Do foreign institutional investors drive corporate social responsibility? Evidence from listed firms in China

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External organisations

  • Industrial and Commercial Bank of China Leasing


This paper investigates the effect of qualified foreign institutional investors (QFIIs) on corporate social responsibility (CSR) within the context of listed firms in China. We find that QFIIs offer an incisive channel for improving socially responsible practices. In addition, we find that firms with QFIIs are more likely to comply with the Global Reporting Initiative (GRI) guidelines, and that their sustainability reports tend to be longer. We also find that this positive effect is more pronounced in firms with low initial CSR scores than those with high CSR scores at the time when QFIIs enter the sample. Our empirical evidence further confirms that this positive impact is driven by QFIIs from countries with high social awareness, or QFIIs from geographically distant countries, consistent with their motives, and is linked to the ownership of QFIIs, especially when the QFII is among the top ten of the largest shareholders. Finally, our extended analysis reveals that the increase in CSR performance associated with the presence of QFIIs results in greater firm performance and easier access to finance.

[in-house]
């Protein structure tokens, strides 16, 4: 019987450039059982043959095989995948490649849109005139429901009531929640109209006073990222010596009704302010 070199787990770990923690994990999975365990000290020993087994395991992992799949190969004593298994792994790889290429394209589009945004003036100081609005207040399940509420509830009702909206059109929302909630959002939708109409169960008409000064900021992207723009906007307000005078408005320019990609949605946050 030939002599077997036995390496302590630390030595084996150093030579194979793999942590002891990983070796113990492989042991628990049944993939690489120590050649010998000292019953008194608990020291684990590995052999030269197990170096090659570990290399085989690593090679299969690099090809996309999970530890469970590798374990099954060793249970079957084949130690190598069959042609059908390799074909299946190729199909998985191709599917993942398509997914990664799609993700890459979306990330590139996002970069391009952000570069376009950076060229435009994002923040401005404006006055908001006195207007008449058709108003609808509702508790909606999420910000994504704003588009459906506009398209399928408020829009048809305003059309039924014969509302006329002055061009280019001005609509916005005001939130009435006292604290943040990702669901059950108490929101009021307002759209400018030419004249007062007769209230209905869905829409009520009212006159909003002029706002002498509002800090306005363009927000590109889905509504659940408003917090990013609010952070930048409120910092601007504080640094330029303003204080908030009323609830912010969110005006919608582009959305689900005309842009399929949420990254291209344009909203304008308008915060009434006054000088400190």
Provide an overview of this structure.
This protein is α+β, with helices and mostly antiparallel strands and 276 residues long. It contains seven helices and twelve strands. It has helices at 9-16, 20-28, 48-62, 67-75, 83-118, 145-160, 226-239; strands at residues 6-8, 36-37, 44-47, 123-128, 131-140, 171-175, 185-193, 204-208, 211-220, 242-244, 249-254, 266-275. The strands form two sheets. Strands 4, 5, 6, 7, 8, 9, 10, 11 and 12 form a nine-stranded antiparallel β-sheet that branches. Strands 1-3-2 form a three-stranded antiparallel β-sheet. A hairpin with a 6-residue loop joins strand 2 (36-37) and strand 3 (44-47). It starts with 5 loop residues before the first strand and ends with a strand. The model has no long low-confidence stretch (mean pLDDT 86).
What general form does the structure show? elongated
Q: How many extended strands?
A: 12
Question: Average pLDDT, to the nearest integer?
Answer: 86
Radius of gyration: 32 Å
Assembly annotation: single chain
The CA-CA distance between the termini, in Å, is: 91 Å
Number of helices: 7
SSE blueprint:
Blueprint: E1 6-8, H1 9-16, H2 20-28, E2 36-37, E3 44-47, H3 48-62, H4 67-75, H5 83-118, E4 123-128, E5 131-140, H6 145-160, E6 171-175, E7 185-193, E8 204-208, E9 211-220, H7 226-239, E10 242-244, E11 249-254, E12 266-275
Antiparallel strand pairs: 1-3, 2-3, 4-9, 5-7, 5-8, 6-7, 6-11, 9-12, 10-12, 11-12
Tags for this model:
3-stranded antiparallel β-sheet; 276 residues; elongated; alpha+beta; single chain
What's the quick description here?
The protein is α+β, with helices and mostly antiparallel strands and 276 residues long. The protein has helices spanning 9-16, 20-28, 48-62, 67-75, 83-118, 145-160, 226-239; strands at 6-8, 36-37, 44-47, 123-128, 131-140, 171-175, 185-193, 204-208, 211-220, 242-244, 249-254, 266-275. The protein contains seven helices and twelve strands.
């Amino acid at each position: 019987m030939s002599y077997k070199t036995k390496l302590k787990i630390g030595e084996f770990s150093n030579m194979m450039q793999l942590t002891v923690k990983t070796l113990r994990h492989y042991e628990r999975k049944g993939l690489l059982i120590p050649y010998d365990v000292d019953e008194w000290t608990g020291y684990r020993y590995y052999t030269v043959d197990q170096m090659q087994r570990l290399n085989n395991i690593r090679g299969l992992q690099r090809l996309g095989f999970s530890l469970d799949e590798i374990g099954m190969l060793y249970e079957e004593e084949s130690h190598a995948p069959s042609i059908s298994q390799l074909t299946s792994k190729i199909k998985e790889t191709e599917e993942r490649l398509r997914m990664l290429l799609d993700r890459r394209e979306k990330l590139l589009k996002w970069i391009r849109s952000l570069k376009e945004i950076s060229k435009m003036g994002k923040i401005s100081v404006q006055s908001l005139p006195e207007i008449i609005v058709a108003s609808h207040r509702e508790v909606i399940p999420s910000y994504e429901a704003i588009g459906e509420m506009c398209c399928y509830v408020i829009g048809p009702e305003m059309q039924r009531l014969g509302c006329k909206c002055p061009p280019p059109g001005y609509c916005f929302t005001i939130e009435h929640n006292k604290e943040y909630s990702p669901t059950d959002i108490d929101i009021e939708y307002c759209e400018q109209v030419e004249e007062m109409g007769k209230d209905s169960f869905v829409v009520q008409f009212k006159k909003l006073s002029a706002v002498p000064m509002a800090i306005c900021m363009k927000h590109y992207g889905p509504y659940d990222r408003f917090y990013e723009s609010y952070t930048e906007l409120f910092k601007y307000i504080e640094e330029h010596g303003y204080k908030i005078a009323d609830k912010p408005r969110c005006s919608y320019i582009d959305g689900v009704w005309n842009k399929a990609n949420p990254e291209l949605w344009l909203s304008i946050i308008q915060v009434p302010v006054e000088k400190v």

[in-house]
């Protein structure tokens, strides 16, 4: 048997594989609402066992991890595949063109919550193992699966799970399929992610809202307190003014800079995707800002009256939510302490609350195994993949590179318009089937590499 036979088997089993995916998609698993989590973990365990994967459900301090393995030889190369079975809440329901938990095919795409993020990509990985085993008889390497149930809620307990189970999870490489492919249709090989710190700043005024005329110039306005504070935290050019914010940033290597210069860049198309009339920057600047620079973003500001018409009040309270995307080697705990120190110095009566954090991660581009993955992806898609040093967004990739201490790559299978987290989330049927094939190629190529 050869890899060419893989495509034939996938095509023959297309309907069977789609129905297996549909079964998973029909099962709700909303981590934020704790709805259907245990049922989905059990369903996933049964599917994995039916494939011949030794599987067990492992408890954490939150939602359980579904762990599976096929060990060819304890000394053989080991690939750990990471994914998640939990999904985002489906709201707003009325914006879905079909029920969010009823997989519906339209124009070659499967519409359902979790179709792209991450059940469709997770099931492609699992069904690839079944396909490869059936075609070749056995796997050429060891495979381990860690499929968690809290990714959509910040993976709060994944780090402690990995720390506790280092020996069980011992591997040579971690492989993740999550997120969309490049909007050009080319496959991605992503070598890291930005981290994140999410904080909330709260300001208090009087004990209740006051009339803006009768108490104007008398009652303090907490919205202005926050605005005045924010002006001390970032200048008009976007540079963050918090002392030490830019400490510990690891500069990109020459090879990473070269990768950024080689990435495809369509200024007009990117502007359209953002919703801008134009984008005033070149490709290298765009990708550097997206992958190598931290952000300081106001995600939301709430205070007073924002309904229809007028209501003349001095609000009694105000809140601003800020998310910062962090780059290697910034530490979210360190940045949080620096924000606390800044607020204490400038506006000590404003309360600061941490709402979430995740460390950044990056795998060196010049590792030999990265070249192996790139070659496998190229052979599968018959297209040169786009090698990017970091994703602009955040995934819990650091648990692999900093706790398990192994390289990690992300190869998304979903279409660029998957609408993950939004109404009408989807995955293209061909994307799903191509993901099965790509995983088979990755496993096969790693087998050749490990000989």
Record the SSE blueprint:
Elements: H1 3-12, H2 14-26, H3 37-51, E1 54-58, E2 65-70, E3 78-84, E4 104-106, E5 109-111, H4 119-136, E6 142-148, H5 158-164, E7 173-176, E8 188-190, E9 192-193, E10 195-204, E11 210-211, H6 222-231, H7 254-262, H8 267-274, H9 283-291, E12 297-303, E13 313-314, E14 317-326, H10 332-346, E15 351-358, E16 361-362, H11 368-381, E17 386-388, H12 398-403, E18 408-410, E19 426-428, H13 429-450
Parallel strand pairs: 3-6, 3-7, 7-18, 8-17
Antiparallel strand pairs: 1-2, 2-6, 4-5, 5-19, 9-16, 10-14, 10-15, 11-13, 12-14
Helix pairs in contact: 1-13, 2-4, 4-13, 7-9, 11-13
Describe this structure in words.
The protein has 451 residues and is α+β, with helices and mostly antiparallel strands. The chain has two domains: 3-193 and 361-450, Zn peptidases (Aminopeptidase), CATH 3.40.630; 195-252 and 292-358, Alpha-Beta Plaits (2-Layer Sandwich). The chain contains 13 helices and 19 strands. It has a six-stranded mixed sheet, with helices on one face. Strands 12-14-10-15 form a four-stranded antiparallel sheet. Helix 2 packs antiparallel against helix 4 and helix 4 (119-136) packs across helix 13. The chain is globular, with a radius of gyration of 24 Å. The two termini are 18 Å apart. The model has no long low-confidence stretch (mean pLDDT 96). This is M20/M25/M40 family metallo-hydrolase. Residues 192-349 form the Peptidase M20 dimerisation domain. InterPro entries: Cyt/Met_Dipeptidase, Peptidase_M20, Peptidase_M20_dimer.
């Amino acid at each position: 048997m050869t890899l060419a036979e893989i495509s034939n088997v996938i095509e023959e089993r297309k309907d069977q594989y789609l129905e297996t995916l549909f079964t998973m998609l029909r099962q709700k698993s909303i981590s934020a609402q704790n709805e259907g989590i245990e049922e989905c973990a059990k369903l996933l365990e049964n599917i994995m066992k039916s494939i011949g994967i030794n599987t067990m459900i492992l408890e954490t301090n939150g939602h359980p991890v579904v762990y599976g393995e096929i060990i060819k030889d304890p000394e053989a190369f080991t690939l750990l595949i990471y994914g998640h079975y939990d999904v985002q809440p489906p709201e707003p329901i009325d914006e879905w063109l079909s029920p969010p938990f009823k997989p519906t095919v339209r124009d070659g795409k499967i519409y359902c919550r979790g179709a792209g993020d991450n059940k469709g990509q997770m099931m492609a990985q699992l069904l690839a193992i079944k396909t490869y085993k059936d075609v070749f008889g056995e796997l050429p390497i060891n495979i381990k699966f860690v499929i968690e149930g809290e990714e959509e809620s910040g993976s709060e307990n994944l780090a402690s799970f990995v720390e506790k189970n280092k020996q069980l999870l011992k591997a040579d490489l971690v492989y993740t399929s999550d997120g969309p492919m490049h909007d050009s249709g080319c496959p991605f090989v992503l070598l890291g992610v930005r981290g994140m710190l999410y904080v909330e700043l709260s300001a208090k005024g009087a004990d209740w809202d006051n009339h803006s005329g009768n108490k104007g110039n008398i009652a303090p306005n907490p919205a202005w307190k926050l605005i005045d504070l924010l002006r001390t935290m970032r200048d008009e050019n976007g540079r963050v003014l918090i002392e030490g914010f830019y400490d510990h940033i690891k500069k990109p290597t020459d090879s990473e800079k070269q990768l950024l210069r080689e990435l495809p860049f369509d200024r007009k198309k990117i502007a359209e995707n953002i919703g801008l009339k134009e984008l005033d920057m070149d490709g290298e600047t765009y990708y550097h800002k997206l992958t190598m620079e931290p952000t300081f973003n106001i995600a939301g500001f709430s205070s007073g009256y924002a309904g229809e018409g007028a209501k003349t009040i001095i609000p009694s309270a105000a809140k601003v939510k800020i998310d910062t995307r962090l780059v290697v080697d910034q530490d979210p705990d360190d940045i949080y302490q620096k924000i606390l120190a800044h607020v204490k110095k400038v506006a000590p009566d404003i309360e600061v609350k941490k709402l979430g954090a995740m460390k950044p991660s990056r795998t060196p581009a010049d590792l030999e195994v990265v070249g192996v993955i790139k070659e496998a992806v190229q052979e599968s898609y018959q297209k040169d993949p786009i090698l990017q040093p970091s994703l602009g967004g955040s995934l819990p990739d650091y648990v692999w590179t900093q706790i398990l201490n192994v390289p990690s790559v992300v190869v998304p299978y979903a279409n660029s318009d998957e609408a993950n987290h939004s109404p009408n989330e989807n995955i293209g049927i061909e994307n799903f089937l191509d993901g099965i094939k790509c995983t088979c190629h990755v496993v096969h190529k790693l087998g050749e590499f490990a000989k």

Original languageEnglish
JournalJournal of Business Finance & Accounting
Early online date21 Jul 2020
Publication statusE-pub ahead of print - 21 Jul 2020


  • capital market benefits, corporate social responsibility, information asymmetry, qualified foreign institutional investors, social awareness